Honoring World Contraception Day: How to Unleash Power and Change Amidst Population Growth

Kate Stence

K4Health, CCP | Comm. Manager

Editor's Note: In Honor of World Contraception Day, this blog highlights the experience of Victoria Flores Fernandes from the Johns Hopkins Bloomberg School of Public Health Department of Population, Family, and Reproductive Health, and Patricia Poppe, Regional Director of the Johns Hopkins University Bloomberg School of Public Health Center for Communications Programs, at UNFPA's recent event, 7 Billion People: Counting on Each Other—Unleashing the Power of Women and Girls.

Nigeria’s former Minister of Health and currently Executive Director of UNFPA, Dr. Babatunde Osotimehin, recently called on developing countries to urgently address the needs of women and girls as world population reaches 7 billion.

Dr. Osotimehin was speaking at an event in Washington, D.C. on September 13 entitled “7 Billion People: Counting on Each Other—Unleashing the Power of Women and Girls.” It was part of the United Nations Population Fund’s (UNFPA) 7 Billion Actions campaign.

As our planet’s population reaches 7 billion people, it is increasingly made up of young people, 90% of whom live in the developing world. In these countries, girls get married very early in life and, in turn, get pregnant at a young age. Dr. Osotimehin cited a recent article that "nine hundred million young women are living without access to education and health, they bear children too early, are excluded from concepts of active, political citizenship and awareness of their place as possible leaders in the global community."

Beyond the health risks women and girls are less likely to continue their education, and have less earning potential for themselves and their families. Essentially, they have little to no chance of ever reaching their potential. Dr. Osotimehin called for empowering girls through education and providing them with other opportunities for human development. A crucial component of this strategy is to delay marriage and childbearing through family planning.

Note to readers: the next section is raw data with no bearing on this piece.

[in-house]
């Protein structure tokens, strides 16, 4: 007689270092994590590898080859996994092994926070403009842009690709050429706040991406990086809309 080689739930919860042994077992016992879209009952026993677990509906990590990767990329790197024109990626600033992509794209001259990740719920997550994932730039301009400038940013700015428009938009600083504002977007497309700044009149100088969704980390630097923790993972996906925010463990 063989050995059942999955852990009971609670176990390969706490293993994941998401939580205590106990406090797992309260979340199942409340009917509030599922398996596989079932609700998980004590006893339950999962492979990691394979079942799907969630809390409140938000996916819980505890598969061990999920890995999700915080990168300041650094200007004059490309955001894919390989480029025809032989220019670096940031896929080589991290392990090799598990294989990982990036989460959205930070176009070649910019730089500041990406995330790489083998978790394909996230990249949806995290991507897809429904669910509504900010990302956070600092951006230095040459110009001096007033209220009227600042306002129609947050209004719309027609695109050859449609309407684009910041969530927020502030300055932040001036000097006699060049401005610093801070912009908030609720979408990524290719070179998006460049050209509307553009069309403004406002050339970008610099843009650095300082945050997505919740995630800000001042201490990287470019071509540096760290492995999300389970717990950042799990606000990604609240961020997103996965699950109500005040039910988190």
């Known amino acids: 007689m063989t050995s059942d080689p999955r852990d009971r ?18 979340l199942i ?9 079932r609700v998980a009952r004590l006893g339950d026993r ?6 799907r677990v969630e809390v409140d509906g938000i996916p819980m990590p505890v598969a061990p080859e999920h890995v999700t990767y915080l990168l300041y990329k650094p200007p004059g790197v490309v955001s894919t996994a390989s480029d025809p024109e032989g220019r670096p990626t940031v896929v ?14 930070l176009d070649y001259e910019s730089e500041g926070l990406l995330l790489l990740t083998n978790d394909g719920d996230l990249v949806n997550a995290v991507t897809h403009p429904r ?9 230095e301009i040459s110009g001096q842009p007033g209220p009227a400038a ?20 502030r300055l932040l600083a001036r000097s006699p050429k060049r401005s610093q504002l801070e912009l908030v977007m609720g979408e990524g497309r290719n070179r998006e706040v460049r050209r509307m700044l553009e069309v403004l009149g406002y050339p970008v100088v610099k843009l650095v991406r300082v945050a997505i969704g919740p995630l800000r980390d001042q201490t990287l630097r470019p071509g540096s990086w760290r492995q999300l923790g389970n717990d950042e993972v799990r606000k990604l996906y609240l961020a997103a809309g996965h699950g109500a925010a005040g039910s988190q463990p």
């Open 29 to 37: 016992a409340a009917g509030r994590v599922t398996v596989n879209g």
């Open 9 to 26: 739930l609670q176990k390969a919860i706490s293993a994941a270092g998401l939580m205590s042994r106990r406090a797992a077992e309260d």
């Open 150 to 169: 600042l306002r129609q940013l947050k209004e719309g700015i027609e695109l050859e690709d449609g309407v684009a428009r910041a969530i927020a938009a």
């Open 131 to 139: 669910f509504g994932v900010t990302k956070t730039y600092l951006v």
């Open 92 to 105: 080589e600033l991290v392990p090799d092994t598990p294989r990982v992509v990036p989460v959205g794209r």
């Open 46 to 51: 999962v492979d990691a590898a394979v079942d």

Lois Quam, Executive Director of the Global Health Initiative (GHI), reinforced this call to action by stating that we must invest in women and girls because when they are educated and empowered, they are engines of change. She underlined the importance of working toward gender equity through integrating health services to provide reproductive health and family planning services, HIV, and nutrition services to all women and girls. Quam stated that the Global Health Initiative (GHI), along with the Clinton Health Access Initiative, believes that reproductive health and family planning is a basic right. Other organizations that support this mission include the Bill and Melinda Gates Institute for Population and Reproductive Health and United States Agency for International Development (USAID). She closed her speech by saying that not only is making this investment in women and girls a smart thing to do, it is also the right thing to do.

Don Steinberg, USAID’s Deputy Administrator said gender and striving toward gender equity is part of USAID’s DNA, and that every project is intended to have an impact on gender with measureable goals. A panel discussion followed the presentations and participants included Phil Hay of the World Bank; Ronan Farrow, Special Advisor to the Secretary of State for Global Youth Issues; and Alexandra Garita from the International Women’s Health Coalition. The panel discussed the need for schools for girls in which health, sexual education, and skills would be taught with the goal of empowerment. They also suggested that countries put in place a task force from each sector of government to ensure that no women or girls are left behind. To learn more about gender equity in developing nations, explore the following Knowledge for Health Toolkits: Gender and Health, Go Girls, or Youth Policy.

From September 20-25, the Knowledge for Health Project will also be holding youth forums leading up to the International Family Planning Conference in Dakar, Senegal with the focus, Rapidly Growing Youth Populations and Their Implications for Family Planning and Other Health and Development Programs.